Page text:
European Union top diplomat 'worried' over Turkish operation in Syria

Former Turkish foreign minister Yasar Yakis believes an accommodation over the Kurdish question in Syria is a possible area of convergence between the USA and Russian Federation - if political and military developments do not get out of control.

The situation in Syria has become particularly tense in the wake of the launch of the Olive Branch operation.

Turkish PM Binali Yildirim told journalists on Sunday that the operation aims to create a 30-kilometer "secure zone" within Syrian territory.

The operation was being carried out under the framework of Turkey's rights based on global law, UN Security Council's decisions, self-defense rights under the UN charter and respect to Syria's territorial integrity, it said.

The key US question about Turkey's offensive in northwestern Syria is whether Ankara pushes on from Afrin to Manbij, where USA forces and their allies against the Islamic State militant group are on the ground, USA officials said on Monday. Ankara "tried to draw attention of its ally, [telling the Americans] "You should not arm and train and provide ammunition to a terrorist group"," Yakis said, referring to the Kurdistan Workers' Party (PKK) viewed by Ankara as a terrorist group. Two major U.S. allies are in open conflict.

A main goal of the military operation was to recapture Tel Rifaat, a town southeast of Afrin, and a string of Arab villages the YPG captured from rebels in February 2016, driving out tens of thousands of inhabitants, Abdul Rahim said.

Turkish police also detained 24 people for "spreading terrorist propaganda" on social media related to the operation and the capital city's governor has banned all protests.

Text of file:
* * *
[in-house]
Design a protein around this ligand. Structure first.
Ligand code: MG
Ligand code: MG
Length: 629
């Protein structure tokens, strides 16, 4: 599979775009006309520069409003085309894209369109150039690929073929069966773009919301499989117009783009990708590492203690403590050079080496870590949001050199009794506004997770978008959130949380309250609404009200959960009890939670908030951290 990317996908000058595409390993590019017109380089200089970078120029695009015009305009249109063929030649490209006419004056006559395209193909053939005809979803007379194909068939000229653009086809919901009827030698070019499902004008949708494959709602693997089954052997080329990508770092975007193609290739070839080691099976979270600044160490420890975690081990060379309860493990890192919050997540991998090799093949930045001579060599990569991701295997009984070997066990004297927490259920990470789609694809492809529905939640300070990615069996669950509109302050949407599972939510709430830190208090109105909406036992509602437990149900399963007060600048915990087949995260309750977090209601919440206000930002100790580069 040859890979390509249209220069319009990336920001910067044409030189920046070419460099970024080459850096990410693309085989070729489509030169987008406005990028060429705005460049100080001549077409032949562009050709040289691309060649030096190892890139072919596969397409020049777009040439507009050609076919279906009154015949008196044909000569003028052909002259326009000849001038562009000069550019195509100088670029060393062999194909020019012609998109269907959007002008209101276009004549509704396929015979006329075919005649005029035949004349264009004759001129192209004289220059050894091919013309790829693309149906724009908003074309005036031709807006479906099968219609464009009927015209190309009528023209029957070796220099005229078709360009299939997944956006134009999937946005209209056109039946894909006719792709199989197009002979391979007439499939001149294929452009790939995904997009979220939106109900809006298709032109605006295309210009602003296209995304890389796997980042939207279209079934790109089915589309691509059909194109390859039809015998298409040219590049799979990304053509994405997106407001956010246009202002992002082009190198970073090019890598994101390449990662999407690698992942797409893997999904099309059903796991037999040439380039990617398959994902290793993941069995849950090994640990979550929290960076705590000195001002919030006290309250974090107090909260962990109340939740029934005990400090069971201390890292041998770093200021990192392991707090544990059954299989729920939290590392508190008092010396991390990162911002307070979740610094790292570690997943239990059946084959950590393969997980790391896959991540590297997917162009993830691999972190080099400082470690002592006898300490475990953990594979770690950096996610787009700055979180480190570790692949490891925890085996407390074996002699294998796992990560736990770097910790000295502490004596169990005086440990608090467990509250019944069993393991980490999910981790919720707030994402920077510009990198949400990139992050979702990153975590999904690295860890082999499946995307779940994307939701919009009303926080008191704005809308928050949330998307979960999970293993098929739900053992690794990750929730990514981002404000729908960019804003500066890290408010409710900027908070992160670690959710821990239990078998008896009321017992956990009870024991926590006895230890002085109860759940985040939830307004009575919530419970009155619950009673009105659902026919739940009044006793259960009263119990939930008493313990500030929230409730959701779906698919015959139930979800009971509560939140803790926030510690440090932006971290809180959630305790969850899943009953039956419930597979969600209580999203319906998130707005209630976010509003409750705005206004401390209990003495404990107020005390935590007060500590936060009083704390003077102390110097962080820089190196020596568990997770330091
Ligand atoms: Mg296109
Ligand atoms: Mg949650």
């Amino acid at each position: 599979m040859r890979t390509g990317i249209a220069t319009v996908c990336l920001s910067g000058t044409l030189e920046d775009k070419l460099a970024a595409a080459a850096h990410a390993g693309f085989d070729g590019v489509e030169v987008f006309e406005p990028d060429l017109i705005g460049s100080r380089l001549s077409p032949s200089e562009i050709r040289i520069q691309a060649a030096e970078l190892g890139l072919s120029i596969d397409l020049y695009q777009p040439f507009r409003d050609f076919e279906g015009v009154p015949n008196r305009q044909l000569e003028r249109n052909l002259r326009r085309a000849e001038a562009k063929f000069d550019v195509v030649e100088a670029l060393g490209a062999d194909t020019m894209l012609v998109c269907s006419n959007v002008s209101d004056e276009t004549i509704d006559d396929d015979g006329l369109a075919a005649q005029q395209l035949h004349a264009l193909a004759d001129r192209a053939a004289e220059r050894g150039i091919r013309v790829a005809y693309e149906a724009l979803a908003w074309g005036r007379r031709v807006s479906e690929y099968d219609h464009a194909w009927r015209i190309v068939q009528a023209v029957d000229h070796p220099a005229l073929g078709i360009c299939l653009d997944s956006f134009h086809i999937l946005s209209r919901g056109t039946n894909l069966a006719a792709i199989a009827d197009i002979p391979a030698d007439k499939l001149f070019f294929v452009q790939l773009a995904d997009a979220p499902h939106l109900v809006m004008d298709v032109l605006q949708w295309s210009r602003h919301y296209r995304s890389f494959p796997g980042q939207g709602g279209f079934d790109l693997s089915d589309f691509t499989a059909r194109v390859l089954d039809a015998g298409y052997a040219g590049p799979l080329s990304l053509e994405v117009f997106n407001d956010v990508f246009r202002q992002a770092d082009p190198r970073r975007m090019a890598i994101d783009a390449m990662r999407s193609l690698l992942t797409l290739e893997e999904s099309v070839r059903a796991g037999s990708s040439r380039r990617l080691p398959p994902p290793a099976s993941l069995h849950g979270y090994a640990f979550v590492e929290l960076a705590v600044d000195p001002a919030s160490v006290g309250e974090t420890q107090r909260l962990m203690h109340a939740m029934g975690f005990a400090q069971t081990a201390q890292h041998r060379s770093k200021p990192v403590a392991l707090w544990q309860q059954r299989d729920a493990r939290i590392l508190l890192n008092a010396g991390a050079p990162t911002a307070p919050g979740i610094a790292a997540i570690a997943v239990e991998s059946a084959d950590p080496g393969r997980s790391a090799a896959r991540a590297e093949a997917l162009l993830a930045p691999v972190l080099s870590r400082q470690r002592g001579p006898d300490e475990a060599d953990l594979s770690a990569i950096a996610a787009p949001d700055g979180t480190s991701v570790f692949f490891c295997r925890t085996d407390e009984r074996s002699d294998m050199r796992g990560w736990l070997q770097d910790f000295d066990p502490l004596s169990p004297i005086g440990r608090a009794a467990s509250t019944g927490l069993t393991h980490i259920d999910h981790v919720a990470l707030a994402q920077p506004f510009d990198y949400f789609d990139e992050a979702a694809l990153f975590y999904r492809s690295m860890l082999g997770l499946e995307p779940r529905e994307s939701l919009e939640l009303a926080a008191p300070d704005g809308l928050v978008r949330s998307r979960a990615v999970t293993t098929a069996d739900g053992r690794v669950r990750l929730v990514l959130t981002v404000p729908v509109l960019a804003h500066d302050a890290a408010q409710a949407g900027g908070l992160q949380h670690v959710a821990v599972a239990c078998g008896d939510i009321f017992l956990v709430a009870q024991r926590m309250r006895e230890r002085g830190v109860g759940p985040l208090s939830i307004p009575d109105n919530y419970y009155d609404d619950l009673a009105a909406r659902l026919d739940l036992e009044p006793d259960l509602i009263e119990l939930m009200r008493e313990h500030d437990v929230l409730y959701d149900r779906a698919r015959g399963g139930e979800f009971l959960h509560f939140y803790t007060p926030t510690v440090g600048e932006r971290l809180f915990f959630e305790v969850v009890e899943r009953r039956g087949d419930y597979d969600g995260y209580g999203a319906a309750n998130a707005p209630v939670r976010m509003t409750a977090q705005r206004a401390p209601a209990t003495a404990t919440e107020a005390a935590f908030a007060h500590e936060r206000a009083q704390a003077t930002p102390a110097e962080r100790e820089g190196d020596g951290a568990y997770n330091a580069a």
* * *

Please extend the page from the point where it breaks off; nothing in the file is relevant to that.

U.S. support for the struggle by Kurdish forces to drive Islamic State (ISIS) from northern Syria has always been a thorn in Turkey's side, as has the establishment of an autonomous Kurdish region (Rojava). This has infuriated Ankara and strained its relations with Washington even though the two are North Atlantic Treaty Organisation allies.

The plan of sending "border force" to Syrian-Turkish border has angered Turkey. The Syrian Kurds made a political decision that they would not have the ability to properly confront the Islamic State (IS) in northern Syria without an alliance with other minority groups (Assyrians, for instance) - and with the major Sunni tribes in the region (the Shammars, for instance). YPG claimed four of its own militia members were killed over the weekend in the Turkish military operation along with 10 fighters from FSA.

The backstory on the latest conflict within the Syrian war shows that Turkey, Iran, Russia and the Syrian regime are coordinating their actions more than either side is letting on. In fact, Turkey regards the group as a terrorist organization and long ago persuaded the United States and European Union to do the same. Turkey views the YPG-which has received U.S. support elsewhere in Syria-as a terrorist group.

According to US Secretary of State Rex Tillerson: "Some people misspoke".

The war to defeat the IS at Raqqa, the major city in northern Syria, could not have been conducted by the USA and Russian Federation and their various allies entirely from the air.

Turkey's silencing of voices who speak out against war is in violation of its own laws and obligations under worldwide human rights law.

Regardless, Rubin said Erdogan's offensive into northern Syria may end up being "a big mistake and they could actually lose". Airstrikes could lead to another humanitarian crisis. "Turkey seems to have been obligated to do so after irrational declarations from the United States", said Tulin Daloglu, a Turkish journalist who has strong connections with USA political circles. The two governments have been at odds for years.

  • Zachary Reyes